5:45am – Review banking and stocks.  Anything that needs to change by the opening bell? Set up the order if so.  1st look at email, and reply to anything that is time-sensitive (note: while some people choose to sleep with their phones by their bed, I think this is destructive to natural rest patterns. I don’t check email at night, and wait until I am out of my room and downstairs to start in the morning).

6:30am – Go on morning bike ride. Distance will vary depending on morning schedule, but usually 20 to 40 miles.  It might be tough to get going, but after the fact, I have never regretted starting my day with exercise. Sometimes I listen to music, but usually I don’t and prefer to be with my thoughts while biking around the Santa Monica Mountains.@RideCannondale

9:00 am – Sitting at desk, review reports from client accounts that were created overnight. Anything that I need to take action on right away? If so, execute or assign the task.  I also open up my to-do list that I created in Word from the prior day, and prioritize as necessary. Review personal social networks (usually Facebook, Twitter and Strava) and post anything I feel is necessary, then close them. (I think that leaving personal social networks open is like sleeping with your phone next to your bed…it creates an artificial sense of urgency and anticipation that is destructive to normal work flow).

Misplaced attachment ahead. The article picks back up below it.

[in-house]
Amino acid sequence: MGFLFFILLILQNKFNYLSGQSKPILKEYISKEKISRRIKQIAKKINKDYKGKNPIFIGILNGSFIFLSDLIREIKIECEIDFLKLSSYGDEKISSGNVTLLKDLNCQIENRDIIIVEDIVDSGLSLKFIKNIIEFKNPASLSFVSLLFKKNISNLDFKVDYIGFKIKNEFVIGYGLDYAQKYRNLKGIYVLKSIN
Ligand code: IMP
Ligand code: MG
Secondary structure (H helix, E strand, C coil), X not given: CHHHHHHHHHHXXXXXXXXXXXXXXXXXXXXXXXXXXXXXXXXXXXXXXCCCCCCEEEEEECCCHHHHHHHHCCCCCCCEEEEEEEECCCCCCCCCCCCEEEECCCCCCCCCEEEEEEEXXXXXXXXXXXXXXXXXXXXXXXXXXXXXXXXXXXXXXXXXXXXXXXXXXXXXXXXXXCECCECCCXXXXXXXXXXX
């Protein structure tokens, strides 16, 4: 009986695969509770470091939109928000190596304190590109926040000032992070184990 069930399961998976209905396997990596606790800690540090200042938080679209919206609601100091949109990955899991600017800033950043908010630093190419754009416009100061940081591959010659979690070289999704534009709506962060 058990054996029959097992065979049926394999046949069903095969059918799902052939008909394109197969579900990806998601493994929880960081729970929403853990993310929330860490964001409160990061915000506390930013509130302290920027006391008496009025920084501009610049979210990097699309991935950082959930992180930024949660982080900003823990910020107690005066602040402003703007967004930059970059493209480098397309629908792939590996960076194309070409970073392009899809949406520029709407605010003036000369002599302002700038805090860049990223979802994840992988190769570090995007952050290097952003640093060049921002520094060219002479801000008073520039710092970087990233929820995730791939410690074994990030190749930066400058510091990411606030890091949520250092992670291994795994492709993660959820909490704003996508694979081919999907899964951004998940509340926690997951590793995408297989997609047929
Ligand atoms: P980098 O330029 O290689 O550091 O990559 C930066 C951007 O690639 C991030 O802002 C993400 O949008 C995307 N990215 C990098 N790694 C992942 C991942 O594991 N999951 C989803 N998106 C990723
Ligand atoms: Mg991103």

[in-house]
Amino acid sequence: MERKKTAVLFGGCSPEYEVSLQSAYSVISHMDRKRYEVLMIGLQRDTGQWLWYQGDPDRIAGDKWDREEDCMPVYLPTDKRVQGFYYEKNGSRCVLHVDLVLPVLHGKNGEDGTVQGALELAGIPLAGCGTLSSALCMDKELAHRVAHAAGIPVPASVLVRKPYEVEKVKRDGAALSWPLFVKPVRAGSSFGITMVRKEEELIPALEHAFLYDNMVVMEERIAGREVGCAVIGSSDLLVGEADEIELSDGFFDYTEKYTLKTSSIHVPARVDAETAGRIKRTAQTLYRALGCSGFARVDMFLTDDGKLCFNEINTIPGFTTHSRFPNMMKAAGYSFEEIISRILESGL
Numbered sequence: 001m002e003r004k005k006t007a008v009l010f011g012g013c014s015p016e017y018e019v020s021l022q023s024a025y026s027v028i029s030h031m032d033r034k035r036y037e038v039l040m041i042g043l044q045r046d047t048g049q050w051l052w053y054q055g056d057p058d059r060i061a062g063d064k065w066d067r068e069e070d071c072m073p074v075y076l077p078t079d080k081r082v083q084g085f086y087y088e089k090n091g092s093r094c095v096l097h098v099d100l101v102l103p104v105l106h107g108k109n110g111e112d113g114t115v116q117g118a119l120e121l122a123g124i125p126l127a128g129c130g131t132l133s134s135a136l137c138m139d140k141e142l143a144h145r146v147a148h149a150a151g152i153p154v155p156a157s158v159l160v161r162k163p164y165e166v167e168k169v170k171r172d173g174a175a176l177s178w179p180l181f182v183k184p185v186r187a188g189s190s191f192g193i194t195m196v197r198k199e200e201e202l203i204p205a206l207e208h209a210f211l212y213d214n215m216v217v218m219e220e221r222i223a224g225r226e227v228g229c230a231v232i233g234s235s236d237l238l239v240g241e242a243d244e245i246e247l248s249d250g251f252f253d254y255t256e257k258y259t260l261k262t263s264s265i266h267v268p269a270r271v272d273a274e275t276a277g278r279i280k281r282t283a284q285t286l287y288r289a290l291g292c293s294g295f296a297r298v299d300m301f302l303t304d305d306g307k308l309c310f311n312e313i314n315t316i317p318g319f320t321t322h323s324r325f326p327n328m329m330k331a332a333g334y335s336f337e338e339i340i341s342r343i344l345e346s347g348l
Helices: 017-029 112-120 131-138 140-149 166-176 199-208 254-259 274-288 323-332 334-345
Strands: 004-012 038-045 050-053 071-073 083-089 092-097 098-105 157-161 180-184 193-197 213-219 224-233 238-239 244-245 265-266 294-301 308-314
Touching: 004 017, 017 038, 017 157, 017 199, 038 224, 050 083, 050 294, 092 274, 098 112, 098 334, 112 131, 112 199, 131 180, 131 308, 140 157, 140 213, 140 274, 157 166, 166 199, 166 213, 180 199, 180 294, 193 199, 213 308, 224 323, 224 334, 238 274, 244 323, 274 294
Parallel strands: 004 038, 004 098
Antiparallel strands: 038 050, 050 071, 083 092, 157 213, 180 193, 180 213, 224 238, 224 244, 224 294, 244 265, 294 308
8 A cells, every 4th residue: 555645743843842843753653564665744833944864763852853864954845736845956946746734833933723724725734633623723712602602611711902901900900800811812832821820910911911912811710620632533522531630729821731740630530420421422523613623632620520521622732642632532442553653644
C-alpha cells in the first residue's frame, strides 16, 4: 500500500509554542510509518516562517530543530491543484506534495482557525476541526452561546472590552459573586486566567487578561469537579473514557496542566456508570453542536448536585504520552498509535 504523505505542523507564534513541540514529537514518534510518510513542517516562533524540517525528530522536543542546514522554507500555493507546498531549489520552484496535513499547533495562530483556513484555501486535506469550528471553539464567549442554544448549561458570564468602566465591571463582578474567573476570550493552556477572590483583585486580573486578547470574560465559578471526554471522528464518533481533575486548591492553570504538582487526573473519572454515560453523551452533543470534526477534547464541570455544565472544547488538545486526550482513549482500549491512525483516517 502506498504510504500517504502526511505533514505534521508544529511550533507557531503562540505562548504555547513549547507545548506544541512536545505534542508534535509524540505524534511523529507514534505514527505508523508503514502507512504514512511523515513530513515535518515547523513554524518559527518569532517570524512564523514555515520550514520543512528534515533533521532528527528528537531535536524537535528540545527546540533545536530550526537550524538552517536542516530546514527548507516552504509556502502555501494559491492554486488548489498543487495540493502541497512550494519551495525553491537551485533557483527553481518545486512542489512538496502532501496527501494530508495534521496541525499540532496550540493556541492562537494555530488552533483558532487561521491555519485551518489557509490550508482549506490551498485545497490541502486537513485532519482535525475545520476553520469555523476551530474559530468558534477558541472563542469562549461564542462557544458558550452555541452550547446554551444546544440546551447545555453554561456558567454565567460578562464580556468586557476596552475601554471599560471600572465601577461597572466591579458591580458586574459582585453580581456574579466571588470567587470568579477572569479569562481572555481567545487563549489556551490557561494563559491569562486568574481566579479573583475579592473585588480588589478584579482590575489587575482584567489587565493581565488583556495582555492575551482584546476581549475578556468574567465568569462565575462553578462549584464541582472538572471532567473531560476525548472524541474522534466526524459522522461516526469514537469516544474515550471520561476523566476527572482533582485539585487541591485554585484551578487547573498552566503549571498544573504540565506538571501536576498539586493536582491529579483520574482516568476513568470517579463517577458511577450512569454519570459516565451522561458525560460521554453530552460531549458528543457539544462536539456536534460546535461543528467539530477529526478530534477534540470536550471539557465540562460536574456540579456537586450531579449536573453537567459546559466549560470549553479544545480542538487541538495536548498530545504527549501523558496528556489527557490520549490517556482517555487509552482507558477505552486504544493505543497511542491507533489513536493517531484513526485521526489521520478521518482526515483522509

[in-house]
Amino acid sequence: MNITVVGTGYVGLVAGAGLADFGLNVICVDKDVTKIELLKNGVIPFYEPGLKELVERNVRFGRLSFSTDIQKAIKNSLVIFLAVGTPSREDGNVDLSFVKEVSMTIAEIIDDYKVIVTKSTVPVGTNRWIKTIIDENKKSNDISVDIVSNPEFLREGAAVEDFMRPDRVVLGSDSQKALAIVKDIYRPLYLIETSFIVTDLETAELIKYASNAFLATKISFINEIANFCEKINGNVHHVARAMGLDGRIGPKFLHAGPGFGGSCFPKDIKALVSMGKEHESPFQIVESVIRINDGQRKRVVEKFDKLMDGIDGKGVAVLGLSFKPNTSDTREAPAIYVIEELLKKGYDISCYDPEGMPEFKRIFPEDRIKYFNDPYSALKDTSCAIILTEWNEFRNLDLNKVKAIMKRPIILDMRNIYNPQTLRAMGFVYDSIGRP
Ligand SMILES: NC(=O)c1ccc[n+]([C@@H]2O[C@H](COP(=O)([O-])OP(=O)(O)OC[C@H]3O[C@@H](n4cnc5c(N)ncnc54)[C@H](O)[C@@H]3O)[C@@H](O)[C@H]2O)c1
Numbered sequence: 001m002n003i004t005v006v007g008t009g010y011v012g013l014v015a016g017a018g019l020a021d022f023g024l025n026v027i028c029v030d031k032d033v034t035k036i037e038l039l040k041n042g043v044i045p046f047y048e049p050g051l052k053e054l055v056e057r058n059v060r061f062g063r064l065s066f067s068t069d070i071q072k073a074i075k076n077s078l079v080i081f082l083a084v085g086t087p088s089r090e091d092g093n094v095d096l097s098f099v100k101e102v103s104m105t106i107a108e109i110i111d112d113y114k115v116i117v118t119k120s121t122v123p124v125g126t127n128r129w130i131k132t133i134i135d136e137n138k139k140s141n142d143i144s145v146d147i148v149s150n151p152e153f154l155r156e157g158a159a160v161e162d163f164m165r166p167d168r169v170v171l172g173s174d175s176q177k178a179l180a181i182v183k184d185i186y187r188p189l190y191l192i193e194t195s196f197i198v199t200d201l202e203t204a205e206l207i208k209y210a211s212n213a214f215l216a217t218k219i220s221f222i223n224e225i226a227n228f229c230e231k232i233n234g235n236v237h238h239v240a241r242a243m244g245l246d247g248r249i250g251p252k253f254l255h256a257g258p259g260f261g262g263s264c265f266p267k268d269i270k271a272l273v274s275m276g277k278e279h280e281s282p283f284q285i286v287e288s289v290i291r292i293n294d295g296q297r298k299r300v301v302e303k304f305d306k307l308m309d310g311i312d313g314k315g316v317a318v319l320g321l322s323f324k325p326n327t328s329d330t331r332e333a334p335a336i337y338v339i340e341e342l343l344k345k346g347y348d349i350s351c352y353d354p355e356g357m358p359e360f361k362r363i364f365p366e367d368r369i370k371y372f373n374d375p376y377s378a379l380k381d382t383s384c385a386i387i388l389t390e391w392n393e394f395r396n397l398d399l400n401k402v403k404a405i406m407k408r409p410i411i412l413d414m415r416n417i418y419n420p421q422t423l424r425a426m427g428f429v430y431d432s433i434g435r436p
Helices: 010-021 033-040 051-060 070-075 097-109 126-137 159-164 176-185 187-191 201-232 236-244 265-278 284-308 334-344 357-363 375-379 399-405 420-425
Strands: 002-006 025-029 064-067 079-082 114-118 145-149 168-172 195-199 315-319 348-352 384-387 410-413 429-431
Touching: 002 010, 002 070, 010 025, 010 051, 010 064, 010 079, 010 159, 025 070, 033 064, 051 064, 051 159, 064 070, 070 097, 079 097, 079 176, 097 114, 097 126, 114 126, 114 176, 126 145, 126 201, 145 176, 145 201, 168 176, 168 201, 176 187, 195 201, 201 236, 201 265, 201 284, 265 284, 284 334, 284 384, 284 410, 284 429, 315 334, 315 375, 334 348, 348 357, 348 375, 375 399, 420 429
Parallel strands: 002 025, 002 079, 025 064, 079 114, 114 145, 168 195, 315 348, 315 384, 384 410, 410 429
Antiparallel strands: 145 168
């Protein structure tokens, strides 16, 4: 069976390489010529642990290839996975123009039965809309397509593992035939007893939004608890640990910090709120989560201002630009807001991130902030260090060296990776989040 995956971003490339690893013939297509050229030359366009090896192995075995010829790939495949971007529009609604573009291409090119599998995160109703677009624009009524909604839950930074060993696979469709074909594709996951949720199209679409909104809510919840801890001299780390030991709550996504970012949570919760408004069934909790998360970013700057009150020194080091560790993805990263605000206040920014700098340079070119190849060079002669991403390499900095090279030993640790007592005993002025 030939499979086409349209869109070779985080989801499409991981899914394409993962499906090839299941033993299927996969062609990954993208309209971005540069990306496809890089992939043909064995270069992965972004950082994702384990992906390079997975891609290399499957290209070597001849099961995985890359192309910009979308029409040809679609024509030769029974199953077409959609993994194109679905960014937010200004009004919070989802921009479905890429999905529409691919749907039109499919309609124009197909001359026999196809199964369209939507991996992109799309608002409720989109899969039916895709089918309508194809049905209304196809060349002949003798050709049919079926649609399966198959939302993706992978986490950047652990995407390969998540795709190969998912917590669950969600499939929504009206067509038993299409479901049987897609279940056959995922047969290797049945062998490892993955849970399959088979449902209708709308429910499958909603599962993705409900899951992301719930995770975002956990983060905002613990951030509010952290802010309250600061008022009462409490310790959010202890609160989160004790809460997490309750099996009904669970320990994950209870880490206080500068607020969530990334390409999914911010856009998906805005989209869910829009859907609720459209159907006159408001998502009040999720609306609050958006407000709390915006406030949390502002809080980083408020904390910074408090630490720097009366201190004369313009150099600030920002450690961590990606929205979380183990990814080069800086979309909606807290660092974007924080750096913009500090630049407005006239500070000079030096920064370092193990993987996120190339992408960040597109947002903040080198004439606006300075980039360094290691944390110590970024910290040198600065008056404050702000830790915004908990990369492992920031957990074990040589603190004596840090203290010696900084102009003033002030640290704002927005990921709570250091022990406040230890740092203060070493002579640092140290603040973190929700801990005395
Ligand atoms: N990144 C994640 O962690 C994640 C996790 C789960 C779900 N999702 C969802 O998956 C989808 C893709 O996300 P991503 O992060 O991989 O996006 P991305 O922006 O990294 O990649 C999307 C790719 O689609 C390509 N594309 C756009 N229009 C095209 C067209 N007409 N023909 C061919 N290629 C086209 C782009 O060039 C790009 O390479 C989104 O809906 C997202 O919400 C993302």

9:00am to 12:30pm – Morning work. I don’t allow my email to pop-up or chime, which breaks up creative flow, but I do check it at regular intervals.

12:30pm to 1:00pm – Usually I take a short lunch, and will eat at my desk or take a walk outside. I use this time to call my wife and say hello, or catch up on personal business. If we have a client or staff lunch planned, obviously I take more time.

1:00pm to 5:30pm – Check email and social networks again upon returning from lunch. Review and execute client requests. Check in with Singley + Mackie employees, answer questions, help with strategy or execution of campaigns. I get a lot of work done in the afternoon, and this is typically when most requests come in.